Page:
Here are a few pet peeves that assail me by Viking reenacting…
Horned Helmets, Fur Loincloths and Other Stereotypical Viking Appearances
After spending so much time and effort getting things just right about my impression, seeing popular media interpretations being presented—sometimes proudly presented and touted as accurate—gripes my guts. And when I see a fellow reenactor—I use the term loosely—wearing kit and costume based on these incorrect interpretations, my pain moves slightly lower!
Referring to a Farby Fantasy LARP as a Reenactment Organization
Calling a duck a swan does not make it a swan. If I go to a Viking-theme event and see people wearing sneakers, shades and black cotton trousers and watching belly dancers, it is not a reenactment and it is not being sponsored by a reenactment society!
People Who Insist Their Society Is Not Fantasy Because it Does Not Have Any Dragons, Magic Swords or Enchanted Puffballs
Look up fantasy” in a dictionary. These people should realize that there is “high fantasy” and “low fantasy,” and know that just because your society is not magical, that does not mean it is not a fantasy!
Trying to Assert That a Religion Based on the Writings and Creations of a Christian Author Writing for a Christian Audience Some Two Centuries after the Close of the Viking Age Is an Education Going Back to the “Old Ways”
For people unfamiliar with the term, that is talking like nineteenth-century Quakers or like mid-twentieth-century funny book heroes). Generally with an Irish accent that came straight from a Lucky Charms advertisement…
Much or Any Forcing People to Choose Impressions According to Racial Stereotypes That They Have
I love the response of someone from Australia who responded to a reenactor saying that no black person—he did not use the term “black person”—by saying that he was more concerned with accurate clothing from the skin out!
People Who Claim They Are Descended from an Important Person from the Time
No one is ever descended from Wig the Ceorl, have you noticed?
The Term “Garb”
Just like “fantasy,” look up the definition of “costume” in a dictionary. As Kim Stacy wrote, “Inevitably, at each event, I overhear some reenactor, respond with sophomoric indignation to the question from a visitor about ‘The costume’ that the reenactor is wearing. At which point, the reenactor, with an imperial tone of voice, proclaims:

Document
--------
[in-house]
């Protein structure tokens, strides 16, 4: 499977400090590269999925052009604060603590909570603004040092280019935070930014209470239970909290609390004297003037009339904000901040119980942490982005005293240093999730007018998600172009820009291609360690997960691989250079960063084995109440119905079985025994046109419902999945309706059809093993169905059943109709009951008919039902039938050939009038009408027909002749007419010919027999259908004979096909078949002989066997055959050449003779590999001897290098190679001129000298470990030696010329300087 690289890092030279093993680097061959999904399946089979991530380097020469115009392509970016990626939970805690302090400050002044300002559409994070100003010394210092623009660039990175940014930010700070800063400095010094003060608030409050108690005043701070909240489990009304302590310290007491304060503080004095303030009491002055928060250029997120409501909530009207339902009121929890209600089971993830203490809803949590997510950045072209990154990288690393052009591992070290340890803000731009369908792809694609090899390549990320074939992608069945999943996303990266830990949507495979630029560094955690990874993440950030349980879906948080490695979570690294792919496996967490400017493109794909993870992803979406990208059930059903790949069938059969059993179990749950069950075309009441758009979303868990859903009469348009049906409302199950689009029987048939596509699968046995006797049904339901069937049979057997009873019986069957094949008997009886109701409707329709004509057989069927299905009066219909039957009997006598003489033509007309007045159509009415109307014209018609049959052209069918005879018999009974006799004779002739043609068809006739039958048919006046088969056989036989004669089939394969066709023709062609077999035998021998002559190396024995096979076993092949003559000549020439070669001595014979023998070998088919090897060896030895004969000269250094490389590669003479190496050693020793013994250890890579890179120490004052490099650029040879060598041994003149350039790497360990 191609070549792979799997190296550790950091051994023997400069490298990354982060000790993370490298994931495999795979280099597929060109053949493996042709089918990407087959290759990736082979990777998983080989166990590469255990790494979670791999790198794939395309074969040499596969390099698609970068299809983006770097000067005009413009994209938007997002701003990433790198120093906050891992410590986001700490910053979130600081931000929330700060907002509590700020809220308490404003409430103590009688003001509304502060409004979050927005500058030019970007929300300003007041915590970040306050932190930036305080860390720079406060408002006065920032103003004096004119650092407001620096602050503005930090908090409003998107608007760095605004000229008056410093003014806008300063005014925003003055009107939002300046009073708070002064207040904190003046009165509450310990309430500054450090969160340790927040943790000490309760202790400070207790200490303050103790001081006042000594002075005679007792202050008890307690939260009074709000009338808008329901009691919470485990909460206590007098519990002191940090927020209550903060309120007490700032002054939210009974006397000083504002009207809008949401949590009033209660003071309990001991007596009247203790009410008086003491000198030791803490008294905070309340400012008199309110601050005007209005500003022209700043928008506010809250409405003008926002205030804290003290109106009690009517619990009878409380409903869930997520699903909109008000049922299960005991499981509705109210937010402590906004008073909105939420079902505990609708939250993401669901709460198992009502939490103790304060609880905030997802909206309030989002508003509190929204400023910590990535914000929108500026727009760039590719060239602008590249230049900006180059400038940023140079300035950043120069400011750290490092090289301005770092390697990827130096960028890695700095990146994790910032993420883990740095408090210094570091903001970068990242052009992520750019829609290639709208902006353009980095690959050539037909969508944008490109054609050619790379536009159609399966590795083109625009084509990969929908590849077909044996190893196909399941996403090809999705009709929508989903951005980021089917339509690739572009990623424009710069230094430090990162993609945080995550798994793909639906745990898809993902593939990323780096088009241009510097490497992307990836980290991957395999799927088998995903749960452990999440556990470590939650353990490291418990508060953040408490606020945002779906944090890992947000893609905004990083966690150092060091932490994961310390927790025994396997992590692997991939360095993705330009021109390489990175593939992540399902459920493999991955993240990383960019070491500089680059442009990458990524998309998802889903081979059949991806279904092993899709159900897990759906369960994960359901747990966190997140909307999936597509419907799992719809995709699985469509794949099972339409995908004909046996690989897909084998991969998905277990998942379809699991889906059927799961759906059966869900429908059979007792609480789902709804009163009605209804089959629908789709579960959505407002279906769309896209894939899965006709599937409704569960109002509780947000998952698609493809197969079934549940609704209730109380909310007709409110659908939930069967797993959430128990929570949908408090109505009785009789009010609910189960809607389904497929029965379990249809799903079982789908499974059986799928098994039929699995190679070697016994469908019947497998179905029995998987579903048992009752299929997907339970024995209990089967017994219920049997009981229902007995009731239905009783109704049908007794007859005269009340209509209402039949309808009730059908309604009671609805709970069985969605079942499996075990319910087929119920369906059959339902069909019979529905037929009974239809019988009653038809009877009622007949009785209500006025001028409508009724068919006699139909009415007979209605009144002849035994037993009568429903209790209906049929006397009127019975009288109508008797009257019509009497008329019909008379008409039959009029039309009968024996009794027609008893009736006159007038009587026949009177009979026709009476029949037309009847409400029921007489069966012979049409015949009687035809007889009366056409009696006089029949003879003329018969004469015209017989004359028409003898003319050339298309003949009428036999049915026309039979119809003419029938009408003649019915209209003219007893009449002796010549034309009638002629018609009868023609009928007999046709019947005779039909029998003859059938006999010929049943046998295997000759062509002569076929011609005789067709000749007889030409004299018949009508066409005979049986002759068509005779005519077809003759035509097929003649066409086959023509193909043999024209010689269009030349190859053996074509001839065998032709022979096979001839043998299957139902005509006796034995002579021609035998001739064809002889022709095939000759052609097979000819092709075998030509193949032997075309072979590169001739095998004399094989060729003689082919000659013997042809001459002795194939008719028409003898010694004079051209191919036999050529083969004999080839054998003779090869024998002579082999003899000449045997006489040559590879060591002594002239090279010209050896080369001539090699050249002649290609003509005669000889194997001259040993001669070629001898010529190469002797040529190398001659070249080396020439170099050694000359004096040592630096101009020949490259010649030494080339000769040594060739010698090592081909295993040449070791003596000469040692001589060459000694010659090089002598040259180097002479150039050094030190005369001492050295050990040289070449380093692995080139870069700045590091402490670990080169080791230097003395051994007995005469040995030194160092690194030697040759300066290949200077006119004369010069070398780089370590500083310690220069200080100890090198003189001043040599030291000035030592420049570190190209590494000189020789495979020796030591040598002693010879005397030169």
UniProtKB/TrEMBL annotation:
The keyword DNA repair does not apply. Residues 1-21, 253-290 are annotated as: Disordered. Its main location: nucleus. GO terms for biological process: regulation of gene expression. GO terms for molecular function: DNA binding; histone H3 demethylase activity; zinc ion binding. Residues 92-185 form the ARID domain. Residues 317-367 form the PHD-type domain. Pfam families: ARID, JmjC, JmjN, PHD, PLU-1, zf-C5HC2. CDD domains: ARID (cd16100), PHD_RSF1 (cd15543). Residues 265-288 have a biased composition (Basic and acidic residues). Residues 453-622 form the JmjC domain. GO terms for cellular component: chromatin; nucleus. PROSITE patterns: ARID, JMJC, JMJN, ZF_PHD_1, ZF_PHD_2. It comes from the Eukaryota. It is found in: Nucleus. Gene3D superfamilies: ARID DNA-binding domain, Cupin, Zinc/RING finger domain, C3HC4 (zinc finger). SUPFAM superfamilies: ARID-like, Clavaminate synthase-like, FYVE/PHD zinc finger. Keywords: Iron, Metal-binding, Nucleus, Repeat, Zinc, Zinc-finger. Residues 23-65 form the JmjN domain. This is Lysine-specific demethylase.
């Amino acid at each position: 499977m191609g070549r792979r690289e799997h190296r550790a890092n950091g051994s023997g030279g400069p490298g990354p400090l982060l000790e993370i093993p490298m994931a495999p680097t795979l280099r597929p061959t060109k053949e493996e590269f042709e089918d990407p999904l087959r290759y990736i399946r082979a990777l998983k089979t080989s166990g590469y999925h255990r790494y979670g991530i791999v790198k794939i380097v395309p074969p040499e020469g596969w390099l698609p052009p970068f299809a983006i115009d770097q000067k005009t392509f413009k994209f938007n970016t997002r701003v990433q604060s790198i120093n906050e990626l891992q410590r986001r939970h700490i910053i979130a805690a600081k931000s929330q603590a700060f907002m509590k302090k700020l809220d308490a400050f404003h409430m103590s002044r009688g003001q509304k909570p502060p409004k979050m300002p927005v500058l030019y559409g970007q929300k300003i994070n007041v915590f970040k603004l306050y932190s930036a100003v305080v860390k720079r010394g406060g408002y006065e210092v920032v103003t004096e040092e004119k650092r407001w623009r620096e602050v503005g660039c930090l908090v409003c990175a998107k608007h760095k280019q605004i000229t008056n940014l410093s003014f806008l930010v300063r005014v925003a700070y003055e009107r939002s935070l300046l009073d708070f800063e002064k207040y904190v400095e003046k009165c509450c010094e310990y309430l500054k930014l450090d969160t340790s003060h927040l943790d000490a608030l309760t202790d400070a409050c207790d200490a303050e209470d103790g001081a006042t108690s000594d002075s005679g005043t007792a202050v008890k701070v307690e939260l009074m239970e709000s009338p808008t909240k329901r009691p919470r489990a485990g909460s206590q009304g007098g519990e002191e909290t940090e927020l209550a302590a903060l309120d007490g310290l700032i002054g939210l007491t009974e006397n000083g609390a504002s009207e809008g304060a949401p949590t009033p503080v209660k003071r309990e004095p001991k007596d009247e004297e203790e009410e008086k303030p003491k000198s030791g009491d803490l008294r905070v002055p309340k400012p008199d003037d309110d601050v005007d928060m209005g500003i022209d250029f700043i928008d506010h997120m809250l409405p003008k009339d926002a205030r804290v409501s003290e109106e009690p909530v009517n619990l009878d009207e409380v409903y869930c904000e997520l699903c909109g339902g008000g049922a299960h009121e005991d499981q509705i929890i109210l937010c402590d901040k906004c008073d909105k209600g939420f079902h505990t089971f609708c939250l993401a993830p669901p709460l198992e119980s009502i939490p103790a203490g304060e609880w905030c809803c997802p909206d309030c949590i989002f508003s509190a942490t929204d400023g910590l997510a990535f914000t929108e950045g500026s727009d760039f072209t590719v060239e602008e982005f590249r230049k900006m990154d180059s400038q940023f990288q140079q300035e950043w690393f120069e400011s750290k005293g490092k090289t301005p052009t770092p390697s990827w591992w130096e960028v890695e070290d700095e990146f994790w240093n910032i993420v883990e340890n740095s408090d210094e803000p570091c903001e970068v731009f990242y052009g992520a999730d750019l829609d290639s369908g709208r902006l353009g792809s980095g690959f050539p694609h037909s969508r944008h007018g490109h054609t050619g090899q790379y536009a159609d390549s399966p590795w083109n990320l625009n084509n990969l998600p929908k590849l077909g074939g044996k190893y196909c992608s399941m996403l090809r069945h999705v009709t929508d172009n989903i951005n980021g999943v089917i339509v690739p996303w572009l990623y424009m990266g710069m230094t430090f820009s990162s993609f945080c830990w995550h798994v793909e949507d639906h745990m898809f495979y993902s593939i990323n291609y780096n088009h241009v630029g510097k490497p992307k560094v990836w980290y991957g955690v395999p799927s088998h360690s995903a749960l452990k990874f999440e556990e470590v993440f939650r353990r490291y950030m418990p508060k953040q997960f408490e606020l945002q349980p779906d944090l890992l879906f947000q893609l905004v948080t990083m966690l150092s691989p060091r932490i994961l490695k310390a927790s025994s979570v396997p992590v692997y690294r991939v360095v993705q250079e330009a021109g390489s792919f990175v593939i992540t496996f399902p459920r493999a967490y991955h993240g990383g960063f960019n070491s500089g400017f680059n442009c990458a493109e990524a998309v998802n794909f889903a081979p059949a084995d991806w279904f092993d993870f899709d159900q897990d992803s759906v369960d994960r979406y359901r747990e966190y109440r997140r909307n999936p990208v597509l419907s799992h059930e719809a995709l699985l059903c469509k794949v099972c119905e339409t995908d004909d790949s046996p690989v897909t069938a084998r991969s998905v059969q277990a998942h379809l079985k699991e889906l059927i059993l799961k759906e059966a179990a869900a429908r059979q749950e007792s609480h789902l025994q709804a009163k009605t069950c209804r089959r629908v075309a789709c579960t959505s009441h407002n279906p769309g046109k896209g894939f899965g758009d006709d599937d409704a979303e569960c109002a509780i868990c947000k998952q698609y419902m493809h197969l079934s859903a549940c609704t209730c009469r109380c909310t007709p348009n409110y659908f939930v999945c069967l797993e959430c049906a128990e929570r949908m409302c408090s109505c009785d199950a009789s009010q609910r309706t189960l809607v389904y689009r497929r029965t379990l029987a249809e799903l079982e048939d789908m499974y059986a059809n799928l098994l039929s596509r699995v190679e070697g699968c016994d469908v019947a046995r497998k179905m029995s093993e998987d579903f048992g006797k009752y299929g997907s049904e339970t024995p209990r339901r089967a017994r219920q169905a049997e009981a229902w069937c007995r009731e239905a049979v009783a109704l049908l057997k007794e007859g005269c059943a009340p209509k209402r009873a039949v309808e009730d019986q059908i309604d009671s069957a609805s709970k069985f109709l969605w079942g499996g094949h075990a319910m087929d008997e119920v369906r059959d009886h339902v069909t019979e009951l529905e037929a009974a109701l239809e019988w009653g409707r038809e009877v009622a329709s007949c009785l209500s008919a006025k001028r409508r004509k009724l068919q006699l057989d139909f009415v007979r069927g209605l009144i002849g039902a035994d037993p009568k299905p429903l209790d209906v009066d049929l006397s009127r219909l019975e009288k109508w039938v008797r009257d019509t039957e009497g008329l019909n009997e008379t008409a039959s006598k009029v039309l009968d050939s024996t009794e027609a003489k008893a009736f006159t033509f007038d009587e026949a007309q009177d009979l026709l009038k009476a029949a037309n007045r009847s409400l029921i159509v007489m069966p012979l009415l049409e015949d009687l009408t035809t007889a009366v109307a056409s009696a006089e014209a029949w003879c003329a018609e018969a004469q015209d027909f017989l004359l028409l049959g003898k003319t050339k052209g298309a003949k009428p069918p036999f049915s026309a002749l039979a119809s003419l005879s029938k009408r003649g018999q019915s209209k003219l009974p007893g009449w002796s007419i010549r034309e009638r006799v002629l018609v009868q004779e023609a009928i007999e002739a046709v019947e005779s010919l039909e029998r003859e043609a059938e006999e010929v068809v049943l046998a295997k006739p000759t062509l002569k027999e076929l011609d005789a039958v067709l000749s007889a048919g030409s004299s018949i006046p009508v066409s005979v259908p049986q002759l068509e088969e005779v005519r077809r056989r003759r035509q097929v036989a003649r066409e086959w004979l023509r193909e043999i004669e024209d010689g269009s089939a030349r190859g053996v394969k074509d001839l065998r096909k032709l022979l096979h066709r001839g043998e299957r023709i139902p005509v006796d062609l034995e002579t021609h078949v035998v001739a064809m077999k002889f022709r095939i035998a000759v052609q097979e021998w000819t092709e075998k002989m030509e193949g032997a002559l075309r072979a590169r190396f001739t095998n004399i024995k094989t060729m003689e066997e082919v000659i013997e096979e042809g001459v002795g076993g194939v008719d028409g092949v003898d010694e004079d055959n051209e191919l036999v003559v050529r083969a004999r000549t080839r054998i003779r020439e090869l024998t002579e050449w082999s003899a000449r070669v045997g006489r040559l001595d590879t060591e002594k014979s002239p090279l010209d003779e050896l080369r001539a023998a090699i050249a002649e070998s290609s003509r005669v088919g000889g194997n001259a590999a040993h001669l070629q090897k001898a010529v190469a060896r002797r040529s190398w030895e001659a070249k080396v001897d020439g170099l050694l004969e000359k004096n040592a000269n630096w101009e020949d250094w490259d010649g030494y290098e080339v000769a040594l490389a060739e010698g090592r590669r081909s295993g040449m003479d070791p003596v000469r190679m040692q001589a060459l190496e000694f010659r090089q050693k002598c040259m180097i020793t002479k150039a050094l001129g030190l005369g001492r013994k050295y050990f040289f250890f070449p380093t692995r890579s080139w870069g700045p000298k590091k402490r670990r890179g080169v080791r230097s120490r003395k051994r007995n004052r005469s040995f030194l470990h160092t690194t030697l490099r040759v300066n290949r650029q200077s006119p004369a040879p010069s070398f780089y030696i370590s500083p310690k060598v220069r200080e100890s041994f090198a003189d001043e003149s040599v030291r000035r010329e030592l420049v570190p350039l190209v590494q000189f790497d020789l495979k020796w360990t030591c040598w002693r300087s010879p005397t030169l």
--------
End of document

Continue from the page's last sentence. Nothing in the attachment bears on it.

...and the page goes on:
‘ “This is not a costume!’ At this point, the poor innocent visitor promptly regrets asking an important question….[but] pair of levis, Adidas sneakers, t-shirt, and baseball cap, is every bit of a costume, just the same as your period garb.” This was written many years ago, but it is as true today as it was then. Say “historical clothing” or “historical kit” if you want to avoid using “costume,” but me, I will always say “costume”! ‘
Farbs Who Say If They’da Haddit, they’da Usedit!
Uh, no. That is not experimental archaeology or extrapolation. That is fantasy wish fulfillment!
Farbs Who Say That They Can’t Reproduce Artifacts Accurately, So We Don’t Have to Worry about Anything Else
All good, serious living history is evolution. No one starts out dead perfect; maybe you will never get there. But that does mean that it does not matter. Always strive for perfection, even if you might not get there!
People Who Claim That They Do Not Even Notice Spex or Other Farby Anachronism
Do they just have no clew, or are they not noticing anything or are they just frigging idiots? How many jokes in popular films that depict historical characters wearing anachronistic spex for comic effect go totally over their heads?
Farbs Who Justify Their Farbiness with Reductio Ad Absurdum
And especially when they do not realize what they re ignorantly doing. These are the people who degrade your efforts at accuracy by asking haughtily if you drive a car to events, forsake your inoculations or pull out your dental filling. They just do not—or do not want to—realize that I am visiting the past, not living in it!
Using “Viking” as a Cultural Term
Too many serious books use the term in that way because modern mainstream audience see “Viking” as a cultural description. In Viking Kings of Britain and Ireland, author Clare Downham justifies the use of the term by misdirection, “I need to clarify my use of the term ‘viking’. The name has acquired many shades of meaning and been used in a variety of ways in both scholarly and popular literature….There are problems of being over-specific with ethnic terminology as identities are subjectively, but not objectively, created or assigned.” For us non-academics, the reaction was bullpucky!
The Term “Dark Ages”
The so-called “Dark Ages” were named by the Renaissance author, Petrarch, who deified classic Roman civilization and who neither saw nor understood the time, and many modern scholars think that the term should not be used. The era saw many discoveries and innovations as it emerged from a Europe dominated by Roman empire, and it cannot today even be claimed that facts concerning the era are either unknown and obscure. The phrase I will use—except for humorous effect—is “Early Middle Ages.”
These are the terms that annoy me most of all. There are undoubtedly more. What are yours?